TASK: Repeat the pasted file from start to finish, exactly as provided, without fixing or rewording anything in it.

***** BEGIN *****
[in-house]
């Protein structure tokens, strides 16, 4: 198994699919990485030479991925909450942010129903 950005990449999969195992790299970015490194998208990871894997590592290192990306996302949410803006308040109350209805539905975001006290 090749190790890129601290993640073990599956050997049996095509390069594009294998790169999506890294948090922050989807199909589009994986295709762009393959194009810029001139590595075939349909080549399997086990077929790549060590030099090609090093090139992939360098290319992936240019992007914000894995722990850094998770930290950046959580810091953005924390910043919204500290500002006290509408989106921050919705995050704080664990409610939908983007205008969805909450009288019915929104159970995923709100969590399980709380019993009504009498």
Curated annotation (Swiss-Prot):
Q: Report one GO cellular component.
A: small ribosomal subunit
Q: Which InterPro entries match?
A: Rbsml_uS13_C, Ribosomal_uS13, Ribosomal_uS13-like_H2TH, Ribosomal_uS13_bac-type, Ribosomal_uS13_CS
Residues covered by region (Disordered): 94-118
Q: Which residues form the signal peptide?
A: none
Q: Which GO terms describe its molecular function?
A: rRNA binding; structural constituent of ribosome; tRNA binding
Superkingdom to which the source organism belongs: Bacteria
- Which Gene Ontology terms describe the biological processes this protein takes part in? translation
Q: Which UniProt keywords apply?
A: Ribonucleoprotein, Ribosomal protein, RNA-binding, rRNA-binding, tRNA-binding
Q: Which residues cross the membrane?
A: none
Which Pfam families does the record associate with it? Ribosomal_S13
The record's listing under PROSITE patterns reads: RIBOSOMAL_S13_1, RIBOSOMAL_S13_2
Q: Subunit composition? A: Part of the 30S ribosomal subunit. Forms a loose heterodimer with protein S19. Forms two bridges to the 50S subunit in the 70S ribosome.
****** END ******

[in-house]
């Protein structure tokens, strides 16, 4: 198994699919990485030479991925909450942010129903 950005990449999969195992790299970015490194998208990871894997590592290192990306996302949410803006308040109350209805539905975001006290 090749190790890129601290993640073990599956050997049996095509390069594009294998790169999506890294948090922050989807199909589009994986295709762009393959194009810029001139590595075939349909080549399997086990077929790549060590030099090609090093090139992939360098290319992936240019992007914000894995722990850094998770930290950046959580810091953005924390910043919204500290500002006290509408989106921050919705995050704080664990409610939908983007205008969805909450009288019915929104159970995923709100969590399980709380019993009504009498």
Curated annotation (Swiss-Prot):
Q: Report one GO cellular component.
A: small ribosomal subunit
Q: Which InterPro entries match?
A: Rbsml_uS13_C, Ribosomal_uS13, Ribosomal_uS13-like_H2TH, Ribosomal_uS13_bac-type, Ribosomal_uS13_CS
Residues covered by region (Disordered): 94-118
Q: Which residues form the signal peptide?
A: none
Q: Which GO terms describe its molecular function?
A: rRNA binding; structural constituent of ribosome; tRNA binding
Superkingdom to which the source organism belongs: Bacteria
- Which Gene Ontology terms describe the biological processes this protein takes part in? translation
Q: Which UniProt keywords apply?
A: Ribonucleoprotein, Ribosomal protein, RNA-binding, rRNA-binding, tRNA-binding
Q: Which residues cross the membrane?
A: none
Which Pfam families does the record associate with it? Ribosomal_S13
The record's listing under PROSITE patterns reads: RIBOSOMAL_S13_1, RIBOSOMAL_S13_2
Q: Subunit composition? A: Part of the 30S ribosomal subunit. Forms a loose heterodimer with protein S19. Forms two bridges to the 50S subunit in the 70S ribosome.